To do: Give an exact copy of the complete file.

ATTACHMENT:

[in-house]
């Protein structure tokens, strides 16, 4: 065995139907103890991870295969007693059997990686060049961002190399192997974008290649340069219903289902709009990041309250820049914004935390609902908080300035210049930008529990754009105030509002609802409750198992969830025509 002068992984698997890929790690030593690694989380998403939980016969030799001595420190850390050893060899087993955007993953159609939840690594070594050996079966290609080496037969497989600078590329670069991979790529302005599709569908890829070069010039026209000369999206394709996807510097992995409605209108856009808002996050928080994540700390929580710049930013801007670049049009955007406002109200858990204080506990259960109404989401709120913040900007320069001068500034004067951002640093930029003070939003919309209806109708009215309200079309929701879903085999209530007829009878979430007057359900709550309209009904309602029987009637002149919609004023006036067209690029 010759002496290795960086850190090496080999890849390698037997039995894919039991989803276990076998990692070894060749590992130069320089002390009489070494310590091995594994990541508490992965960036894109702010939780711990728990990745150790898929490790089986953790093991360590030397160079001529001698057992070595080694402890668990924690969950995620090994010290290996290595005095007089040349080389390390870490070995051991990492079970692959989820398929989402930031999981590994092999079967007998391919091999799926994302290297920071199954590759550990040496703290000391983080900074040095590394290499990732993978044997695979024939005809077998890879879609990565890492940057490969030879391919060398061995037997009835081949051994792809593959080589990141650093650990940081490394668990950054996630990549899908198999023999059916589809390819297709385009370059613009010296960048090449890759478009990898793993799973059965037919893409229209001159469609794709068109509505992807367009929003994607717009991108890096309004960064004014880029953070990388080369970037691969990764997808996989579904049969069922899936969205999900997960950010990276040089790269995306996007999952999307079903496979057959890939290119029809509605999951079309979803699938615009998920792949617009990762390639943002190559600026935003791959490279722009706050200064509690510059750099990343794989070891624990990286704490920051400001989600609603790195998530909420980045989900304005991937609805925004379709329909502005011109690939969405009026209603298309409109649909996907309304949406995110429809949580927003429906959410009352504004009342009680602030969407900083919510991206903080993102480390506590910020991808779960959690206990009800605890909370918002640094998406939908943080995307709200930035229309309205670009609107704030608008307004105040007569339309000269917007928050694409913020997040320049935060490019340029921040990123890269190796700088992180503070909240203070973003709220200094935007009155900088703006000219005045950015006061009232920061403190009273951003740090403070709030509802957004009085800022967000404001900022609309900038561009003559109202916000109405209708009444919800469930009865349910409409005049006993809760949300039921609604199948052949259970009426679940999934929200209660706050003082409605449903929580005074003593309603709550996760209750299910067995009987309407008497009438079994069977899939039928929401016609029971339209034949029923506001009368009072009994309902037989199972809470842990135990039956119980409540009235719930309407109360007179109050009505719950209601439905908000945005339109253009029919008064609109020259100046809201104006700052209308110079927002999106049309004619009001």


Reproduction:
[in-house]
């Protein structure tokens, strides 16, 4: 065995139907103890991870295969007693059997990686060049961002190399192997974008290649340069219903289902709009990041309250820049914004935390609902908080300035210049930008529990754009105030509002609802409750198992969830025509 002068992984698997890929790690030593690694989380998403939980016969030799001595420190850390050893060899087993955007993953159609939840690594070594050996079966290609080496037969497989600078590329670069991979790529302005599709569908890829070069010039026209000369999206394709996807510097992995409605209108856009808002996050928080994540700390929580710049930013801007670049049009955007406002109200858990204080506990259960109404989401709120913040900007320069001068500034004067951002640093930029003070939003919309209806109708009215309200079309929701879903085999209530007829009878979430007057359900709550309209009904309602029987009637002149919609004023006036067209690029 010759002496290795960086850190090496080999890849390698037997039995894919039991989803276990076998990692070894060749590992130069320089002390009489070494310590091995594994990541508490992965960036894109702010939780711990728990990745150790898929490790089986953790093991360590030397160079001529001698057992070595080694402890668990924690969950995620090994010290290996290595005095007089040349080389390390870490070995051991990492079970692959989820398929989402930031999981590994092999079967007998391919091999799926994302290297920071199954590759550990040496703290000391983080900074040095590394290499990732993978044997695979024939005809077998890879879609990565890492940057490969030879391919060398061995037997009835081949051994792809593959080589990141650093650990940081490394668990950054996630990549899908198999023999059916589809390819297709385009370059613009010296960048090449890759478009990898793993799973059965037919893409229209001159469609794709068109509505992807367009929003994607717009991108890096309004960064004014880029953070990388080369970037691969990764997808996989579904049969069922899936969205999900997960950010990276040089790269995306996007999952999307079903496979057959890939290119029809509605999951079309979803699938615009998920792949617009990762390639943002190559600026935003791959490279722009706050200064509690510059750099990343794989070891624990990286704490920051400001989600609603790195998530909420980045989900304005991937609805925004379709329909502005011109690939969405009026209603298309409109649909996907309304949406995110429809949580927003429906959410009352504004009342009680602030969407900083919510991206903080993102480390506590910020991808779960959690206990009800605890909370918002640094998406939908943080995307709200930035229309309205670009609107704030608008307004105040007569339309000269917007928050694409913020997040320049935060490019340029921040990123890269190796700088992180503070909240203070973003709220200094935007009155900088703006000219005045950015006061009232920061403190009273951003740090403070709030509802957004009085800022967000404001900022609309900038561009003559109202916000109405209708009444919800469930009865349910409409005049006993809760949300039921609604199948052949259970009426679940999934929200209660706050003082409605449903929580005074003593309603709550996760209750299910067995009987309407008497009438079994069977899939039928929401016609029971339209034949029923506001009368009072009994309902037989199972809470842990135990039956119980409540009235719930309407109360007179109050009505719950209601439905908000945005339109253009029919008064609109020259100046809201104006700052209308110079927002999106049309004619009001």